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The Man from India

Most young people in the Baltic States are looking into the future, and sick of dwelling on stories from the past. For some, visiting grandparents means hearing their depressing memories about war, or having to listen to them talk about all of their friends who are now dead. A free Sunday afternoon is much more pleasant if spent on the beach, drinking beer with friends. Yet, inside the stories of this dying generation who lived through World War I and World War II, are lessons relevant to young people today. Is Latvia, the small country that has been cast as a victim in the history books, really so holy and guilt free?

Every nation has faults and people within its borders who breed hate, and fail to look at their fellow neighbor with open eyes. Most of us are guilty of turning our heads when passing by an old woman quietly begging for money, or of feeling uncomfortable around a foreigner whose country, or skin color, is unlike our own. In 1944, at the age of 34, Alvine Zibnera left her native country of Latvia, along with her two year-old son and husband, for fear of her family's safety under Soviet occupation. This was the beginning of a life in exile; seven years living in Displaced People camps in Germany, and the remaining years building a life for herself and her family in America. She only returned to Latvia once in the 1980s, but lived to hear the stories of Latvia's independence from her television screen in Sacramento, California. After her death in 2003, a chest was found including old pictures of Latvia, and her diary which she started writing when her son was born in 1942. This is my grandmother, and these are her words.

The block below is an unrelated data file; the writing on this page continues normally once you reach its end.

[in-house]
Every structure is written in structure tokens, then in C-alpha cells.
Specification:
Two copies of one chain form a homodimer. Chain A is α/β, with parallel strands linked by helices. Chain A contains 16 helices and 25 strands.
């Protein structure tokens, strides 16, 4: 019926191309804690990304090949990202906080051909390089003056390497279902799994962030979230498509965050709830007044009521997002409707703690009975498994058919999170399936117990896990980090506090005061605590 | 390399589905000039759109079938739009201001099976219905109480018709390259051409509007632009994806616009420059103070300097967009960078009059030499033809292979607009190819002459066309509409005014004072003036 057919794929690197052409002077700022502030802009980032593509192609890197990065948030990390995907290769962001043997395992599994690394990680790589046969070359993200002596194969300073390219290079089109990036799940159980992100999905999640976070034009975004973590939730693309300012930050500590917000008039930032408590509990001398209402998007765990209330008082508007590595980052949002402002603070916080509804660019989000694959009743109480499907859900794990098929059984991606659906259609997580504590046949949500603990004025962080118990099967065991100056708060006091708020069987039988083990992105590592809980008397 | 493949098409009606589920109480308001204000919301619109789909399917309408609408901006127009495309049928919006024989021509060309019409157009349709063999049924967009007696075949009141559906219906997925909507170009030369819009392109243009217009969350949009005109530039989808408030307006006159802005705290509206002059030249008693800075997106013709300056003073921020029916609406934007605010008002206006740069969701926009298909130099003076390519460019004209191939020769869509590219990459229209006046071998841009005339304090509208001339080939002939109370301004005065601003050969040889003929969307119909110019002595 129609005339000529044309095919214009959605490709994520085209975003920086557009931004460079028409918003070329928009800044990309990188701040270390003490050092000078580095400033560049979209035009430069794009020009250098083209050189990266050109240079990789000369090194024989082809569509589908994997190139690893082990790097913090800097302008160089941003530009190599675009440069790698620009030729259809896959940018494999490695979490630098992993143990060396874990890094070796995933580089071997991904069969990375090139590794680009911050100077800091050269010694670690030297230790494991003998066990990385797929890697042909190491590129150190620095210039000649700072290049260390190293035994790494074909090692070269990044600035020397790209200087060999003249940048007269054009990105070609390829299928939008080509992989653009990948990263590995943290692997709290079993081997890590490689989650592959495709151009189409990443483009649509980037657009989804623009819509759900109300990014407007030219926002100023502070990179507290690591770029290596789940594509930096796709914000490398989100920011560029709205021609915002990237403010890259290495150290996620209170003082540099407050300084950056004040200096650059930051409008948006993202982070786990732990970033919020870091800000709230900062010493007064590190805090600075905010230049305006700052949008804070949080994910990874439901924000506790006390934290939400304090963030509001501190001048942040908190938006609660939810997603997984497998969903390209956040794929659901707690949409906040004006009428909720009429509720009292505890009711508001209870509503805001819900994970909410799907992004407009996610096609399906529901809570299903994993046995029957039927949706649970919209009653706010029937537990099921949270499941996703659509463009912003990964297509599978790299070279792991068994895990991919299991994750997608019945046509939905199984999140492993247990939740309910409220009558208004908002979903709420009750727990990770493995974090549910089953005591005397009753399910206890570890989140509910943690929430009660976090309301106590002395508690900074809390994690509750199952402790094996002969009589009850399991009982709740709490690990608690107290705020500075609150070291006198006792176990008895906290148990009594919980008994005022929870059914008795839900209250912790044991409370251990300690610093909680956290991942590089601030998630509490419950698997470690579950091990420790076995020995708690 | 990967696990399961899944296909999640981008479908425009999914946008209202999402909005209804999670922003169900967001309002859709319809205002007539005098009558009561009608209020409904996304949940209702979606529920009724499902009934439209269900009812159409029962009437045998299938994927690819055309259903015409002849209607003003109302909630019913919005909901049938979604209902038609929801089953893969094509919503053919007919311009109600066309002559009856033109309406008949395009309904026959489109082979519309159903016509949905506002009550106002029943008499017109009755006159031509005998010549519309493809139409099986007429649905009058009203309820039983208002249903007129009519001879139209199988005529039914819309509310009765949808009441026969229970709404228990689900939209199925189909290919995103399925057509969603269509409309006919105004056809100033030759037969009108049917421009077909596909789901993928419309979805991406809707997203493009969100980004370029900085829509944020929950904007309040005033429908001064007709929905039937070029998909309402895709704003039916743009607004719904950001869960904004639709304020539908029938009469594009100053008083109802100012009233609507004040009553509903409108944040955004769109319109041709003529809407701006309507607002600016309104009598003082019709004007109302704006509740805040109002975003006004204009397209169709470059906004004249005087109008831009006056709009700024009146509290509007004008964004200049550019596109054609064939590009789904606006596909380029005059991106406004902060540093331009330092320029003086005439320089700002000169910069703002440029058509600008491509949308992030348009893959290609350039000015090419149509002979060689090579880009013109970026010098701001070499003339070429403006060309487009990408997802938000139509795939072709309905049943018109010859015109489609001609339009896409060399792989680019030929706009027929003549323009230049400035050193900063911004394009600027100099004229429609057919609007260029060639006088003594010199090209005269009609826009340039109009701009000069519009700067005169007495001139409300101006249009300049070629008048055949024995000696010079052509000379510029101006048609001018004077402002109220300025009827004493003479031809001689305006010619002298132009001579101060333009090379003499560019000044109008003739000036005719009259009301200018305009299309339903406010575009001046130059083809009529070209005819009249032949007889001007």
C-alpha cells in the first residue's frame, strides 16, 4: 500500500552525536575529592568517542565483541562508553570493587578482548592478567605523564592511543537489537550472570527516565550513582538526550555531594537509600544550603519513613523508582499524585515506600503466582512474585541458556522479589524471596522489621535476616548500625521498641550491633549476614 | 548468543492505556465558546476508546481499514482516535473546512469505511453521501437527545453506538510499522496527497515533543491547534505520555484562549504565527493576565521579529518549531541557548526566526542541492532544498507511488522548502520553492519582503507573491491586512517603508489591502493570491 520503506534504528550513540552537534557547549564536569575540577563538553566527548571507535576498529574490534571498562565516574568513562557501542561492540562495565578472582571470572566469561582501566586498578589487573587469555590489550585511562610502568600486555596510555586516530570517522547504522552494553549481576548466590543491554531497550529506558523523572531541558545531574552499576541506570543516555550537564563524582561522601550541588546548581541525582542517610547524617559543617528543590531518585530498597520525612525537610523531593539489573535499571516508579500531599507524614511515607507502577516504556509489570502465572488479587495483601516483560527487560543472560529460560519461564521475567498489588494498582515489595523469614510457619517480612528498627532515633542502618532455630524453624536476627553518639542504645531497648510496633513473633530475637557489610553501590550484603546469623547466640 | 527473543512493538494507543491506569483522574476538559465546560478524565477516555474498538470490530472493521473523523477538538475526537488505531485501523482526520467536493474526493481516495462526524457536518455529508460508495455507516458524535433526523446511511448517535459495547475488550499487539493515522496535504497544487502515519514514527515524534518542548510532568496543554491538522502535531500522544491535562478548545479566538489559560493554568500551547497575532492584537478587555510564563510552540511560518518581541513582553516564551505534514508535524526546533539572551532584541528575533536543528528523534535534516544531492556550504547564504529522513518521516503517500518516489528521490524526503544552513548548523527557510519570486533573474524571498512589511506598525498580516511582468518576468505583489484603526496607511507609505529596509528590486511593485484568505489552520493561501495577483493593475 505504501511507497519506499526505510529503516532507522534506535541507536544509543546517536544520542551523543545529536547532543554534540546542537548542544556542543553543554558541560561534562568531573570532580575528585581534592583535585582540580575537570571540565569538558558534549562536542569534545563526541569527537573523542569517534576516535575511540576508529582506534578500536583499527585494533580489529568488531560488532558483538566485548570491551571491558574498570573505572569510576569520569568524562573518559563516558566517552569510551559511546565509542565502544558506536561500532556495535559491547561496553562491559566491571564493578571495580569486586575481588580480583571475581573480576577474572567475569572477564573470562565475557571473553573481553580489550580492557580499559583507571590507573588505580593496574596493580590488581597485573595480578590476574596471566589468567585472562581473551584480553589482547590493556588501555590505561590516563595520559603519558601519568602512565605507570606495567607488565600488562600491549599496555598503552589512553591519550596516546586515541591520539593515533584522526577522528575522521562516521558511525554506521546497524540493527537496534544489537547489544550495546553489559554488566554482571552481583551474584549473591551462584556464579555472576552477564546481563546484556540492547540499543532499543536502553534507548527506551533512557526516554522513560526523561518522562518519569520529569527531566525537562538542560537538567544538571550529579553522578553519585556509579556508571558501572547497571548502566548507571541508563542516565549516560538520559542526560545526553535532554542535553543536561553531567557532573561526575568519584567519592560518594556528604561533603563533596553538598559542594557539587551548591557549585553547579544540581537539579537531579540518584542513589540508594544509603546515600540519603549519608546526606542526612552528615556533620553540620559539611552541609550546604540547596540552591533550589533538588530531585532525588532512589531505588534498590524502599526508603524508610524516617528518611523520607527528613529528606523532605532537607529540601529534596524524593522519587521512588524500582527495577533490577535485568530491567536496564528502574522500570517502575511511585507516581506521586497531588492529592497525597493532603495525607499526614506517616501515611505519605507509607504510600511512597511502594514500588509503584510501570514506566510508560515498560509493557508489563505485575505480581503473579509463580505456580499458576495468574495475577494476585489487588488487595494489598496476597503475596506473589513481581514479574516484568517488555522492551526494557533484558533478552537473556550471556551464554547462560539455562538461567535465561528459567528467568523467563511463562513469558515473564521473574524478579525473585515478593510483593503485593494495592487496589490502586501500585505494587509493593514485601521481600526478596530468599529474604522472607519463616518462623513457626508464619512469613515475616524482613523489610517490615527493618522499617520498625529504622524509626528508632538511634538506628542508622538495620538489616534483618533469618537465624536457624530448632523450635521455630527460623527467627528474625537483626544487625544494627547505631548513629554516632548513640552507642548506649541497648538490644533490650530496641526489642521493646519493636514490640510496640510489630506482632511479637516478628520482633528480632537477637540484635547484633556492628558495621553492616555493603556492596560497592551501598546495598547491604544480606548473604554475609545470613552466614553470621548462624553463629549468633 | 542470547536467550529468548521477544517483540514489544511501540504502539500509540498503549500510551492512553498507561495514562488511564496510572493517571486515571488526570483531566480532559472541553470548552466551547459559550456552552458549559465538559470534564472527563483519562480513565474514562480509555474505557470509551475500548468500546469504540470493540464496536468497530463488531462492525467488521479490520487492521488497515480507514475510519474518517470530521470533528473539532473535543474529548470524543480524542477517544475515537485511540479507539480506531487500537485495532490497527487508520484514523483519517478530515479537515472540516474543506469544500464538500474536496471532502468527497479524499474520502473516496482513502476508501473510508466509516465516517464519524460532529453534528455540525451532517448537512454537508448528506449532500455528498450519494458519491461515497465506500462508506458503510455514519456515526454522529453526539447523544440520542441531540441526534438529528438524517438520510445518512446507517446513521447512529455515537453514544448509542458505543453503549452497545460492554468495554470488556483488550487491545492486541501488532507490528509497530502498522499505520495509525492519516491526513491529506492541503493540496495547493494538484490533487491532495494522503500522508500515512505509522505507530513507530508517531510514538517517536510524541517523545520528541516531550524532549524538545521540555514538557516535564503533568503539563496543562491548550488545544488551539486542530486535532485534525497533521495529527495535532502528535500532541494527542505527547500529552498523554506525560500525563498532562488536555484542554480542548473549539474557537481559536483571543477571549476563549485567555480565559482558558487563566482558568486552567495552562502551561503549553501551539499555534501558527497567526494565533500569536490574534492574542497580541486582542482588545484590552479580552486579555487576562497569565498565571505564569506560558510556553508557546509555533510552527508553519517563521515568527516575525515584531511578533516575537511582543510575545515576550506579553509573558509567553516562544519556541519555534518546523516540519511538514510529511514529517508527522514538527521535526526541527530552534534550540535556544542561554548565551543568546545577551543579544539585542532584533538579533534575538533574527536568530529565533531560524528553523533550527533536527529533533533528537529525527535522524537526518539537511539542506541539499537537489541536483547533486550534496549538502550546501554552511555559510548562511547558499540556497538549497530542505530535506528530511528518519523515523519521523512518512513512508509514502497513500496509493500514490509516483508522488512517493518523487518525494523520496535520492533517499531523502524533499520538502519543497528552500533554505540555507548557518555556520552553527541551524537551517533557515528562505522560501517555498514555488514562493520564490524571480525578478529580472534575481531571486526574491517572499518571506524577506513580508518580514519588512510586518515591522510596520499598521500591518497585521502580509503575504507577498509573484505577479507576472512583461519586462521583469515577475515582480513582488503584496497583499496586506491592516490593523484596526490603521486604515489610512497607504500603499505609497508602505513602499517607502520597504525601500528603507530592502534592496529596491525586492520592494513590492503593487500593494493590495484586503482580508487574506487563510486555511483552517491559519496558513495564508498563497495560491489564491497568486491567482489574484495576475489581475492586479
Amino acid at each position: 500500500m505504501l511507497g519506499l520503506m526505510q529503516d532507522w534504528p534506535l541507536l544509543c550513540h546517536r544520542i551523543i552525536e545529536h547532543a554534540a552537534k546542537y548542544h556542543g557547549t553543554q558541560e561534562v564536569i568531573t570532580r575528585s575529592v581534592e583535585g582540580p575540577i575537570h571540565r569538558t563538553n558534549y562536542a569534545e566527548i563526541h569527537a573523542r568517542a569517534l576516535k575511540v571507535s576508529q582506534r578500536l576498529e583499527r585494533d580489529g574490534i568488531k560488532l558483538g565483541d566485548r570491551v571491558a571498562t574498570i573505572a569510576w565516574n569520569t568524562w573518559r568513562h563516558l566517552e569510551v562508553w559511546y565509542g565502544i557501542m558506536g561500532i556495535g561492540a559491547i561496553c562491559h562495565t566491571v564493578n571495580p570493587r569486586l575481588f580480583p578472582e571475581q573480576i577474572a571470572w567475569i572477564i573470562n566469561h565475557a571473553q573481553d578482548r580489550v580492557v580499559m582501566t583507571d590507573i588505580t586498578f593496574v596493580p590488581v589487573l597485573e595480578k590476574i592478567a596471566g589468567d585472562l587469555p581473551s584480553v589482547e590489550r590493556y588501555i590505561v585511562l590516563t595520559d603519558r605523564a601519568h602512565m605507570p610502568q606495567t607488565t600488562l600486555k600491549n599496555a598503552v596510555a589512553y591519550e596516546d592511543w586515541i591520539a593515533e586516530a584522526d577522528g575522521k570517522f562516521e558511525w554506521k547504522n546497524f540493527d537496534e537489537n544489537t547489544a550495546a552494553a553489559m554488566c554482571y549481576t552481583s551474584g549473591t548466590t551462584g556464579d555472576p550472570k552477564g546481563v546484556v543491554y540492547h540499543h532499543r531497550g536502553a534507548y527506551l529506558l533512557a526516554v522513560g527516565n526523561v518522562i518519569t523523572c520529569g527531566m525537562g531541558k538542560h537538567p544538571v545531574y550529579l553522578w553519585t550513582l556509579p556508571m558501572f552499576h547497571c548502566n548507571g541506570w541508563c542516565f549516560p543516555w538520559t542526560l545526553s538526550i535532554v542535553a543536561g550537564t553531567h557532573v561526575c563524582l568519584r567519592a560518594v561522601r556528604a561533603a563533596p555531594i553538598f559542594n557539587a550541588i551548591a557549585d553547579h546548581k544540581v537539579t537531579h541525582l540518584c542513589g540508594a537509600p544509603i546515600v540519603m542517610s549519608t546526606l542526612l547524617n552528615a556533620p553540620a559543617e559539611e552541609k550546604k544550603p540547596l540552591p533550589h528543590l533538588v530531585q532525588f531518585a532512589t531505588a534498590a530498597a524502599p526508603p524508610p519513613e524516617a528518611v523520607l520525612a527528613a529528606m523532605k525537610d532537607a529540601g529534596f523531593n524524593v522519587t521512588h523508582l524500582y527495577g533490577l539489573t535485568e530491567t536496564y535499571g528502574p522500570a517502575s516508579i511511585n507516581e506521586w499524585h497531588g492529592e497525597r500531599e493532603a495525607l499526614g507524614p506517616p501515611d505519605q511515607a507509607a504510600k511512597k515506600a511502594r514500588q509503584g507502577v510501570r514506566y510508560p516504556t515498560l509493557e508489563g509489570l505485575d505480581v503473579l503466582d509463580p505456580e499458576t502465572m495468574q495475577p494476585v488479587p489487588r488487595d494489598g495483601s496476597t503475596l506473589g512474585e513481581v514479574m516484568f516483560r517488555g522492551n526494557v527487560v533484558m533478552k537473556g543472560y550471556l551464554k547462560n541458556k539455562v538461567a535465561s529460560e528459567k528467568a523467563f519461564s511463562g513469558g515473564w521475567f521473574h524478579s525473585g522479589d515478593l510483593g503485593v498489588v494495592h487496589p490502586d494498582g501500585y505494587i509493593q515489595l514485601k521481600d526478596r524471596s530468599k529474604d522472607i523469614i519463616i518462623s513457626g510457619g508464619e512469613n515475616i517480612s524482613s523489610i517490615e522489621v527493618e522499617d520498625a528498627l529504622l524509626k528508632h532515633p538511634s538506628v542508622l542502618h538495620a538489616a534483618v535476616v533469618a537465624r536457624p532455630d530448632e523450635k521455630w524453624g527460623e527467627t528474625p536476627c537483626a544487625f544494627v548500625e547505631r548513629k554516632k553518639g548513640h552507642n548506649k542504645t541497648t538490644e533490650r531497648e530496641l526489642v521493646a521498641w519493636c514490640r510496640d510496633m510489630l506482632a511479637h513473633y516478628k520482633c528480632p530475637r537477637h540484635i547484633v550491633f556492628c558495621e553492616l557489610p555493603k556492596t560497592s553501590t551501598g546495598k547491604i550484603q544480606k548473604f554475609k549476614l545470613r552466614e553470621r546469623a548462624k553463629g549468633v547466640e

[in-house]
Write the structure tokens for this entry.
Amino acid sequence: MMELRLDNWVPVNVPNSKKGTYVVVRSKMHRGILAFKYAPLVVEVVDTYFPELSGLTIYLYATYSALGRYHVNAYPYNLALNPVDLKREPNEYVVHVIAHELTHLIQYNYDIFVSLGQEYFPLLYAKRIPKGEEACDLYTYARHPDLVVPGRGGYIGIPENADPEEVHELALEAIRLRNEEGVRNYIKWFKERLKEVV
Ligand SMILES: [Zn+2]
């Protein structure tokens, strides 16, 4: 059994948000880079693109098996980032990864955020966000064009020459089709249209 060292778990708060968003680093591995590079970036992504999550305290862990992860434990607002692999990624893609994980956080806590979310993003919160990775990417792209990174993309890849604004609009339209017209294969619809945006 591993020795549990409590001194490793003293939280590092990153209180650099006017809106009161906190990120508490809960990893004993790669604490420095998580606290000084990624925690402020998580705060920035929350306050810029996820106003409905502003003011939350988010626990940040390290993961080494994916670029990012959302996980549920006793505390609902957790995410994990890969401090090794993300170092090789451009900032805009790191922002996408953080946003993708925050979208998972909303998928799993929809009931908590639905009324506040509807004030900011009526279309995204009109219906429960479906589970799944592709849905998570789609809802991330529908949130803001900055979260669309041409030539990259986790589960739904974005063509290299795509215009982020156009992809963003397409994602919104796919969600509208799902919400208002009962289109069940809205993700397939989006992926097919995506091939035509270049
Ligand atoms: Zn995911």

February 27, 1945 Adolf Hitler Street Gotha, Germany

It is a heavy, foggy morning. An endless line of prisoners of war is moving along our street. The sidewalks are full of curious people. The windows of every house noisily burst open, there is a laugh on many faces and wonder in many eyes. Tired, not paying any attention to anything, there move Englishmen, Spaniards, Americans, Russians, Mongolians, Negroes, and Arabs. It seems that only the Frenchmen still are able to smile or even to make a remark or two to the people on the sidewalk. The local people are particularly interested in the Negroes who stiffly look forward and carry all their belongings and little pieces of wood on their heads.

Some frightened women are lamenting loudly about the possibility that these black, coalcolored people had dreamt of ruling Germany. Children joyfully jump up and down and laugh about such unseen buffoons. Suddenly, the long line stops. Many prisoners are completely exhausted and at once fall down on the muddy street. Some try to help them. Others try to bind their belongings stronger together. Still others look with interest to the garbage containers which have been placed along the street for collection. Helpful boys find in the containers the hard cores of cabbage-heads and give them to the prisoners. They eagerly chew them. After several hours the long line of prisoners has disappeared. The street is empty.

But no! Loud yells, shrieks and curses come from the street. Soon they are accompanied by the sound of heavy blows by a club or cudgel. Not far from our window a prisoner has fallen down into the gutter. In the dirt and mud is laying a son of Tagore's country, of India. Two soldiers are standing near him: an older officer and a soldier with rather bent legs. In their hands they hold heavy clubs with the lower ends bristly from a great deal of use. They kick the prisoner with their feet, hit him with their fists, and drag him through the mud. They cuss him all the time and soon both clubs are again at work on the back, shoulders and feet of the prisoner. The prisoner receives it all without resistance, submissively, meekly.